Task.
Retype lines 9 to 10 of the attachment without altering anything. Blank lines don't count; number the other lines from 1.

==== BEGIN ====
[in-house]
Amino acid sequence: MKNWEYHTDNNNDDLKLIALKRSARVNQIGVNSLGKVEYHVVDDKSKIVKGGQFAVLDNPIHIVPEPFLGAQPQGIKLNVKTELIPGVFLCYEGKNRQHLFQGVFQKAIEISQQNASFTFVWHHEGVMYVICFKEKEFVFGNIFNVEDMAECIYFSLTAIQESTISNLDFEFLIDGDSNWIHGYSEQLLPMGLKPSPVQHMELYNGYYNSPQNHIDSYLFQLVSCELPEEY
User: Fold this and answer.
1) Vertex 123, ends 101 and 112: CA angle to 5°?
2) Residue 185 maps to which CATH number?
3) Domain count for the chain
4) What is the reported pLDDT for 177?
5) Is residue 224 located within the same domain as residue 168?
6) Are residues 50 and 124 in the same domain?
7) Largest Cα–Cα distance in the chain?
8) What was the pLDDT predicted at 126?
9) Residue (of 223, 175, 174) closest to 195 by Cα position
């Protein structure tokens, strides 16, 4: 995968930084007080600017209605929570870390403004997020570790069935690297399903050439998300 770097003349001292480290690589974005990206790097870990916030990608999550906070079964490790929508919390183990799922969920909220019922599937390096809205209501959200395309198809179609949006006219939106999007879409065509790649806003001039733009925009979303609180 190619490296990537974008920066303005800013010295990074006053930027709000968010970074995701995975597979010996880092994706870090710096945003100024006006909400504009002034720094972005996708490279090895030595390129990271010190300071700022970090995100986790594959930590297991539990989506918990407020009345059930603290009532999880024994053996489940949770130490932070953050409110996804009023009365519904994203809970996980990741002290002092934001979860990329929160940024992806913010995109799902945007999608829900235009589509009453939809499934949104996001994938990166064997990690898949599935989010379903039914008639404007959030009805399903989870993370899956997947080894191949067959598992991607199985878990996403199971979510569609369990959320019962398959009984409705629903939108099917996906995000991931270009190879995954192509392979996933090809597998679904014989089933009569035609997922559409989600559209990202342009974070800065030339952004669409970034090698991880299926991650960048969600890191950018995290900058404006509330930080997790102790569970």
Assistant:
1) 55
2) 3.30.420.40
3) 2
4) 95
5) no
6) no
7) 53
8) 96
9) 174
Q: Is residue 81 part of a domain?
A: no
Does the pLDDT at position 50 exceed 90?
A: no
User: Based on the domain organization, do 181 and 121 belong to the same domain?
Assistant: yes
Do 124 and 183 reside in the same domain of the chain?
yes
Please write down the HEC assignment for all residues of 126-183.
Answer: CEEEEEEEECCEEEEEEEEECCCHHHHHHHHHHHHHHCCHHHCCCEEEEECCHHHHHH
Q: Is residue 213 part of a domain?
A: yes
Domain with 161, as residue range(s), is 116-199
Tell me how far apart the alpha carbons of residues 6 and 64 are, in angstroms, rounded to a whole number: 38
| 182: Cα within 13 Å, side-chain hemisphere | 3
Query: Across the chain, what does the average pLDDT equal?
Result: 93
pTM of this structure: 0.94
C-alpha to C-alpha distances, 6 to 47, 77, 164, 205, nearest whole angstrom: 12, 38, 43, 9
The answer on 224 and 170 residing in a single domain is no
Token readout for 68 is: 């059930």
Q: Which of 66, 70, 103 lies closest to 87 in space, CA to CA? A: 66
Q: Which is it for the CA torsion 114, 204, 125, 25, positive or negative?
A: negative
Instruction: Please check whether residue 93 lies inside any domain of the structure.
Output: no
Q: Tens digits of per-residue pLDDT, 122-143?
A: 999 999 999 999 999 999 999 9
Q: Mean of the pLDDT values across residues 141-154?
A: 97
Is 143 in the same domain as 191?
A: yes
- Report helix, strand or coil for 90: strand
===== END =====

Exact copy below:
6) Are residues 50 and 124 in the same domain?
7) Largest Cα–Cα distance in the chain?